Day: January 29, 2020

Lessons in France and China of Cinema

The Departments of Chinese Studies and Cinematographic Studies of French universities generally devote little space to teaching on Chinese cinema. In the departments of Chinese studies, such as in other departments of languages ​​and civilizations, cinema is often considered to be less important or less “useful” than the other arts to achieve educational goals and is therefore overlooked. Cinematographic studies departments give priority to courses of history teaching the great periods of European cinemas and the US. The courses devoted to Asian cinemas, and more particularly Chinese, are often left on the sidelines, largely for now.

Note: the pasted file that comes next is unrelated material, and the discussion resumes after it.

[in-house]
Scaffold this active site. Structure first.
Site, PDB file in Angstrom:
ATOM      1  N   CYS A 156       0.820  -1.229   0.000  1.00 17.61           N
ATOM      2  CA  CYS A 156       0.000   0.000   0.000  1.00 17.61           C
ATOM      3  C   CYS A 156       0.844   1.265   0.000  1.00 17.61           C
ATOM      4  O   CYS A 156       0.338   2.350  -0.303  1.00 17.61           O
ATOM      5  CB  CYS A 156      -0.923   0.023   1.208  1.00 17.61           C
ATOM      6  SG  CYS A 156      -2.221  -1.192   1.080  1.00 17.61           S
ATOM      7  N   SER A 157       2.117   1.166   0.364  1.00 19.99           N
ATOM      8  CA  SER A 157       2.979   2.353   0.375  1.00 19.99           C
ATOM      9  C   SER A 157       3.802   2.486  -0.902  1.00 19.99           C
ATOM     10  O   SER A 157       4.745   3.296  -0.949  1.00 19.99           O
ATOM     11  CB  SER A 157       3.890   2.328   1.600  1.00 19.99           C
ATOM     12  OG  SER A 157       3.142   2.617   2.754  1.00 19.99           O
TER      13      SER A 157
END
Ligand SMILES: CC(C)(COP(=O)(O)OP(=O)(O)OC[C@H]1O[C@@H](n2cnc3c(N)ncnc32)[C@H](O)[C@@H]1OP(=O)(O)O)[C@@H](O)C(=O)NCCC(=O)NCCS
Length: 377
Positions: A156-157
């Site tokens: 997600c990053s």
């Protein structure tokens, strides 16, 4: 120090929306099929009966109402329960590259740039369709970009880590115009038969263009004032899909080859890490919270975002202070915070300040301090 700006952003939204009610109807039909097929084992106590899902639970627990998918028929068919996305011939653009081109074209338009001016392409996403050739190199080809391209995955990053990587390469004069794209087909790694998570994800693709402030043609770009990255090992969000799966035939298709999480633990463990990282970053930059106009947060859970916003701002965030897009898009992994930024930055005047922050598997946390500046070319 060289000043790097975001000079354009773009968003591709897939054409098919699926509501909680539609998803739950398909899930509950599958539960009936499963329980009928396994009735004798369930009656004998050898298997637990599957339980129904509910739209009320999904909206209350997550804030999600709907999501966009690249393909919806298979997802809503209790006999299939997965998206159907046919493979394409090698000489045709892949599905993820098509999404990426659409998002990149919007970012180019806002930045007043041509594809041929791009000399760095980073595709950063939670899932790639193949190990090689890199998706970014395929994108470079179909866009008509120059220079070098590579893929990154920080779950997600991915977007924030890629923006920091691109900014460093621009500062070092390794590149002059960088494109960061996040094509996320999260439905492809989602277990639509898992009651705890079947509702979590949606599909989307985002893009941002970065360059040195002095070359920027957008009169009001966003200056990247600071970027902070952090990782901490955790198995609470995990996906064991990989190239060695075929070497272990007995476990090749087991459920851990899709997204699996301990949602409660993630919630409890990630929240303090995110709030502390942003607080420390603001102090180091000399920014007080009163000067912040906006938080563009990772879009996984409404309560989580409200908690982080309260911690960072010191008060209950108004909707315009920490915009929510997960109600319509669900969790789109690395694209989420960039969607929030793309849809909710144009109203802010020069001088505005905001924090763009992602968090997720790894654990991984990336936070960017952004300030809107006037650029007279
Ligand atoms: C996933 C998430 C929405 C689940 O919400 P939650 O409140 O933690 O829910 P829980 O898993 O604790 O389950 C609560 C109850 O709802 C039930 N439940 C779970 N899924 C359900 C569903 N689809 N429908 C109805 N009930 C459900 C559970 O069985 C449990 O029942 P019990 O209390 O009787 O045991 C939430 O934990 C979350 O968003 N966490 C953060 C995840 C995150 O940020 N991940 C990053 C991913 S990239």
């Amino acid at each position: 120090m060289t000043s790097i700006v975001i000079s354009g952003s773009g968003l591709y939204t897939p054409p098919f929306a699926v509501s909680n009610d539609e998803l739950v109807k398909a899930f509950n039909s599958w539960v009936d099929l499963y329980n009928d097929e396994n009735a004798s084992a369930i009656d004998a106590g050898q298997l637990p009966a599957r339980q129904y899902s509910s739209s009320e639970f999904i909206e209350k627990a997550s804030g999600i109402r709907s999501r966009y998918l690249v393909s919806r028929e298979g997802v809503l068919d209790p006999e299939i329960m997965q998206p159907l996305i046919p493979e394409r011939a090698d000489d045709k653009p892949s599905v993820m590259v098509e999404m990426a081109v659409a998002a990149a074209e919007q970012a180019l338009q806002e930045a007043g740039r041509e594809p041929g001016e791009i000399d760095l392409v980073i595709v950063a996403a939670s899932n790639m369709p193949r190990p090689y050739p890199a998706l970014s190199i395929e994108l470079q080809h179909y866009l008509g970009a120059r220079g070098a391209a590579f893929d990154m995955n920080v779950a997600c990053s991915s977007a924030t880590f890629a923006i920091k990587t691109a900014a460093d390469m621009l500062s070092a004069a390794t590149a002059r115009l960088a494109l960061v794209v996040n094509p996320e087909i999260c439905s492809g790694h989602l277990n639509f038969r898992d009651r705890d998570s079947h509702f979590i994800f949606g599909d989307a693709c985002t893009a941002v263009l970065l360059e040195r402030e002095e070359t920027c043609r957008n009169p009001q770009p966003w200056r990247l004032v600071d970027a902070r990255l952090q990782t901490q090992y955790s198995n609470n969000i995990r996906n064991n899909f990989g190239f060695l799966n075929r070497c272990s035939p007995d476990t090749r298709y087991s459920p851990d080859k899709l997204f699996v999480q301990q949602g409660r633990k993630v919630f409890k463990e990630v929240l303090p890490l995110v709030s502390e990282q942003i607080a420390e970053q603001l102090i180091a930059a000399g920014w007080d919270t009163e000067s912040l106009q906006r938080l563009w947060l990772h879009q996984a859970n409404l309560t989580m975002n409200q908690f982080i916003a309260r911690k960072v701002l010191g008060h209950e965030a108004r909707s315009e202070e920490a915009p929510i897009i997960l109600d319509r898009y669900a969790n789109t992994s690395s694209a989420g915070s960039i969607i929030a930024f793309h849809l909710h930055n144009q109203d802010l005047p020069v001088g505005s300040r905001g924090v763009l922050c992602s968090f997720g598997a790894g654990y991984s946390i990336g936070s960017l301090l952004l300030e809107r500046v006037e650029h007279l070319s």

Europocentric cultural reasons, but also because the teaching of the history of cinema represents only one of the components of training, alongside courses devoted to film analysis, economics, theoretical or practical approaches, and that it is, therefore, impossible to propose courses on all world cinematography.

In China, the history of Chinese cinema is obviously more widely treated in film schools. At the Beijing Film Institute, she is approached from the origins to the present day, and courses are dedicated specifically at Hong Kong and Taiwanese cinemas. Chinese cinema courses continental approach its history chronologically, by periods and by directors (Zhang Shichuan, Sun Yu, Fei Mu, Sang Hu, Xie Jin, Zhang Yimou) by emphasizing his films considered the most important.

Courses correspond to a